Question: What does Kansas mean?
Answer: Kansas comes from the Sioux Indian word for “south wind people.”
The symbols on the official state seal of Kansas were specified by the first Kansas legislature in 1861 (the year Kansas became one of the United States).
The rising sun represents the East; the river and steamboat are symbols of commerce; the cabin, settler and plow horses represent agriculture as the base for the future prosperity of the state of Kansas. In the distance oxen draw a wagon train west, and a herd of buffalo is pursued by two Indians on horseback (the buffalo was adopted the official state animal of Kansas in 1955; herds of buffalo that numbered in millions once roamed Kansas).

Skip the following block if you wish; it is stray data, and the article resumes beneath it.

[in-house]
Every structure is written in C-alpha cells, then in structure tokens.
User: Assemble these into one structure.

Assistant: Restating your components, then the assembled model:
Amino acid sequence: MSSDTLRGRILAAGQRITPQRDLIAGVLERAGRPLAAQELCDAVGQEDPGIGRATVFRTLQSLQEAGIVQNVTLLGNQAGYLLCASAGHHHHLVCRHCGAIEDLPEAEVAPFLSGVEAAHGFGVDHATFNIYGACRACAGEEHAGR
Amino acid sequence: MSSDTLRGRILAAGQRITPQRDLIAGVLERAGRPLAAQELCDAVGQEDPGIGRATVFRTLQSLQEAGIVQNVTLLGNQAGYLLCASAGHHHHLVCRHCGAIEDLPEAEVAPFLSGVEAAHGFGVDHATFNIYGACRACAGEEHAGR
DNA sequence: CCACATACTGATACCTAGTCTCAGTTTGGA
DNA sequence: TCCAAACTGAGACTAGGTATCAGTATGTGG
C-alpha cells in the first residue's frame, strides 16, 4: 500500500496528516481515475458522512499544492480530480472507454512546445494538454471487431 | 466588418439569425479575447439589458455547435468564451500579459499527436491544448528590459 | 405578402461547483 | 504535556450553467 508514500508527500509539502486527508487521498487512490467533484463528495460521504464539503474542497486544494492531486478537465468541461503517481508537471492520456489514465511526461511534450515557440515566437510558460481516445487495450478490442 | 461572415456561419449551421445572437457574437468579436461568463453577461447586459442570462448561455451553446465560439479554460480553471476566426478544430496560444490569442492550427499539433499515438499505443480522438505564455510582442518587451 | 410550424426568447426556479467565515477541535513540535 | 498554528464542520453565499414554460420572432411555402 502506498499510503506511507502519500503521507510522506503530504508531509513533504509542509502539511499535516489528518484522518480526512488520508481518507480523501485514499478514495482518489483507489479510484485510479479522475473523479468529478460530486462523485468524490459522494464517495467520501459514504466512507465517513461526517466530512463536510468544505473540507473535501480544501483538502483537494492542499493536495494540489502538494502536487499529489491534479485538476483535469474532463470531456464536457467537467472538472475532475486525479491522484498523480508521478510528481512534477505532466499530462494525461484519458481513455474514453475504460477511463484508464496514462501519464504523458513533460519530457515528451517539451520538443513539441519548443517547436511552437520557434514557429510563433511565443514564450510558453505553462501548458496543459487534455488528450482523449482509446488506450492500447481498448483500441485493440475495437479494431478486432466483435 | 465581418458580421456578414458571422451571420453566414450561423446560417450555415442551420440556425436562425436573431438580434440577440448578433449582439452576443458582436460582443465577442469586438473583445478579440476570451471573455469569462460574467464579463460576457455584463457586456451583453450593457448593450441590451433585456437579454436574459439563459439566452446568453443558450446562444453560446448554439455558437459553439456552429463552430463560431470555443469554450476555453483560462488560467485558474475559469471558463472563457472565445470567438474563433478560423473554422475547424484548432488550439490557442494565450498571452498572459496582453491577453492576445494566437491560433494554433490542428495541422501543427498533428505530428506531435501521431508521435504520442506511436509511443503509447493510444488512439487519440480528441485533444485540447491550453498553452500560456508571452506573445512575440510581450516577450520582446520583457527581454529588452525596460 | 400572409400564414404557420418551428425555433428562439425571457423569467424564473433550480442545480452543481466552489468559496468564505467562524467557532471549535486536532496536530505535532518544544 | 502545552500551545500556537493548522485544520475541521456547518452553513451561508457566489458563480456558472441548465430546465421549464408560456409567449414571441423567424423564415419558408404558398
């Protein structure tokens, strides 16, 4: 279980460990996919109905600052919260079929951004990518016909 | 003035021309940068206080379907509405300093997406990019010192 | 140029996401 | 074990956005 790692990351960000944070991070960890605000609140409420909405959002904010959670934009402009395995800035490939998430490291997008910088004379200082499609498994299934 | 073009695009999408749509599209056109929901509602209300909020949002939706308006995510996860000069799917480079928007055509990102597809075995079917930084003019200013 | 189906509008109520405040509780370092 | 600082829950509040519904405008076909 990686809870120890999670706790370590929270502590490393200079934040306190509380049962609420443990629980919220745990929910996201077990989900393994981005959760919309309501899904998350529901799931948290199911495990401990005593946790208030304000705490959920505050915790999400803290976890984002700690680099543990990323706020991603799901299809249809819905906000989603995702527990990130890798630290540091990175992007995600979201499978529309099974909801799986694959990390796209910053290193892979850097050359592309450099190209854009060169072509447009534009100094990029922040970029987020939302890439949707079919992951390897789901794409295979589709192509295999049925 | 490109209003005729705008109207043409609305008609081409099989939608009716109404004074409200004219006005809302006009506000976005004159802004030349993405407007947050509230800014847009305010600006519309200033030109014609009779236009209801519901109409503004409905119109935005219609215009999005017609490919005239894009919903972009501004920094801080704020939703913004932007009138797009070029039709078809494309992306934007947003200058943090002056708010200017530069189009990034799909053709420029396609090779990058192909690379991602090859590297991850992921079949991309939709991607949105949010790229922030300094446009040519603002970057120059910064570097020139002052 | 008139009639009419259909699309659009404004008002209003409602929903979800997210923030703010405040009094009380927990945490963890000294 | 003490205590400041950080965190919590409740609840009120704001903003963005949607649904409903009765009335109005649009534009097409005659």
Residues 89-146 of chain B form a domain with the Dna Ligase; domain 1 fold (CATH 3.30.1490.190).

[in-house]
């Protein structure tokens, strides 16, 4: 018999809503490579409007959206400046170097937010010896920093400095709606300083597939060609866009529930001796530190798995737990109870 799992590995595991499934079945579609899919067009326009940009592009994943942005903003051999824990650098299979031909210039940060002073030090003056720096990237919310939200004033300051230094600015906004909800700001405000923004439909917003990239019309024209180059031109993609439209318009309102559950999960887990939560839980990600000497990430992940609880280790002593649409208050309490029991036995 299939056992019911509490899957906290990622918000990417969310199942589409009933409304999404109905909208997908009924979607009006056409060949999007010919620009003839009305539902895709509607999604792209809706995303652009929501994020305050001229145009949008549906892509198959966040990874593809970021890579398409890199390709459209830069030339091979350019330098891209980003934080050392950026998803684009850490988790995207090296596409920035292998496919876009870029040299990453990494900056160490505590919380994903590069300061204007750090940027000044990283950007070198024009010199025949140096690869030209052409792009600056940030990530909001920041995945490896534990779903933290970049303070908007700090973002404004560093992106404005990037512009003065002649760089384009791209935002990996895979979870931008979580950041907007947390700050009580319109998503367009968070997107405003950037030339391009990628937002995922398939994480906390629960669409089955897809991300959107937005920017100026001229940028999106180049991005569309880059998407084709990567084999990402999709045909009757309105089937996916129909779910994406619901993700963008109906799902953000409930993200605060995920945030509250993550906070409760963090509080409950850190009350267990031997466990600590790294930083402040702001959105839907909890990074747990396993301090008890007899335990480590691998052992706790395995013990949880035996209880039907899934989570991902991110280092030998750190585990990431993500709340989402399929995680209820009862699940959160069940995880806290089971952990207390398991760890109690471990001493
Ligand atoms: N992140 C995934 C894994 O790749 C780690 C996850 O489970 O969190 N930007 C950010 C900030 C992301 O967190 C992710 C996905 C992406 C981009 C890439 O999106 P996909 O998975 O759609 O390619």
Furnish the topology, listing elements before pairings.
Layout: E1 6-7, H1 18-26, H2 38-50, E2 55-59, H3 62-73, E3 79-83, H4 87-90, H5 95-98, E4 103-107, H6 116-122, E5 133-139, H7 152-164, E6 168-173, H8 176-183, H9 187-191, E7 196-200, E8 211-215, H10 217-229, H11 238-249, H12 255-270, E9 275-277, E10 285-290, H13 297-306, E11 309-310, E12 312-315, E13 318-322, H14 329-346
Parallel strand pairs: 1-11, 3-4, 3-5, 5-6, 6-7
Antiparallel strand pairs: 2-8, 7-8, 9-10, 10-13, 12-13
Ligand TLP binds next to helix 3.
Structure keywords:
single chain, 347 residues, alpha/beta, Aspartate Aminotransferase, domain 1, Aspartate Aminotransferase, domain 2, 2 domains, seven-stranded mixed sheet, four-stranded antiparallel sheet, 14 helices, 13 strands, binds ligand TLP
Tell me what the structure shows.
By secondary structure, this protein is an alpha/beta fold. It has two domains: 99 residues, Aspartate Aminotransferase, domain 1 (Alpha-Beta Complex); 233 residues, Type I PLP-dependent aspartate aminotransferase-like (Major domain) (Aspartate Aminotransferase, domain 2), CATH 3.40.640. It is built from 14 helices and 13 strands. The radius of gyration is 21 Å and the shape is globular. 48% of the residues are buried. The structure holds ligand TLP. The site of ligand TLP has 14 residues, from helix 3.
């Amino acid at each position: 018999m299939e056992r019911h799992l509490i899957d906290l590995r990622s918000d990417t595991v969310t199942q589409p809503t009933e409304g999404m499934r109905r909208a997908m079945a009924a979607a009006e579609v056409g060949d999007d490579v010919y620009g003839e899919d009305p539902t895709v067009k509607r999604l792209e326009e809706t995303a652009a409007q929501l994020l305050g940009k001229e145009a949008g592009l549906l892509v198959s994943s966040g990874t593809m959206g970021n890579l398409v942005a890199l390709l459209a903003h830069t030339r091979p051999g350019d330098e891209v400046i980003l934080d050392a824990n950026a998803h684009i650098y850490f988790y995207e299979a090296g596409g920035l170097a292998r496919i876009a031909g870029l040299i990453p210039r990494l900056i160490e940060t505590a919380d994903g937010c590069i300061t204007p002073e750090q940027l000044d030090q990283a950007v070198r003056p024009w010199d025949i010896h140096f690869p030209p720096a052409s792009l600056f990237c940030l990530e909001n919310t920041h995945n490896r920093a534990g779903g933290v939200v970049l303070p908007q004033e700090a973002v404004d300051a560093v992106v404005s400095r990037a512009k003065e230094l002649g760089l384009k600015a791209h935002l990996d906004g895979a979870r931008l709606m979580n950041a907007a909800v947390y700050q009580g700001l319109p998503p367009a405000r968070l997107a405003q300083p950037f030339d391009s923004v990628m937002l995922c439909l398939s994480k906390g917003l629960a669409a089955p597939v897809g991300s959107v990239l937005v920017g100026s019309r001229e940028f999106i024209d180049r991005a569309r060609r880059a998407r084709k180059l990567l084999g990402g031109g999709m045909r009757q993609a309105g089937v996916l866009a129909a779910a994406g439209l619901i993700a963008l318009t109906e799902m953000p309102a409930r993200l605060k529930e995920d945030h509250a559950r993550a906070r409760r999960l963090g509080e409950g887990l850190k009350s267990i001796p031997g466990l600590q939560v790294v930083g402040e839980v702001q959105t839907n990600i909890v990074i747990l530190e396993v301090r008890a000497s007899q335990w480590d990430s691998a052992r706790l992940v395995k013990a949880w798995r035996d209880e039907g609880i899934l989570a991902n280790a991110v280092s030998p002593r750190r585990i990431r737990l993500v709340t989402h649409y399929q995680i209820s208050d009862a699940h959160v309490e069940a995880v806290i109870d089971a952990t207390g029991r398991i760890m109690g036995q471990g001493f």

In the sky are thirty-four stars (Kansas was the thirty-fourth state admitted to the Union) with the state motto above: “Ad astra per aspera “(to the stars through difficulties).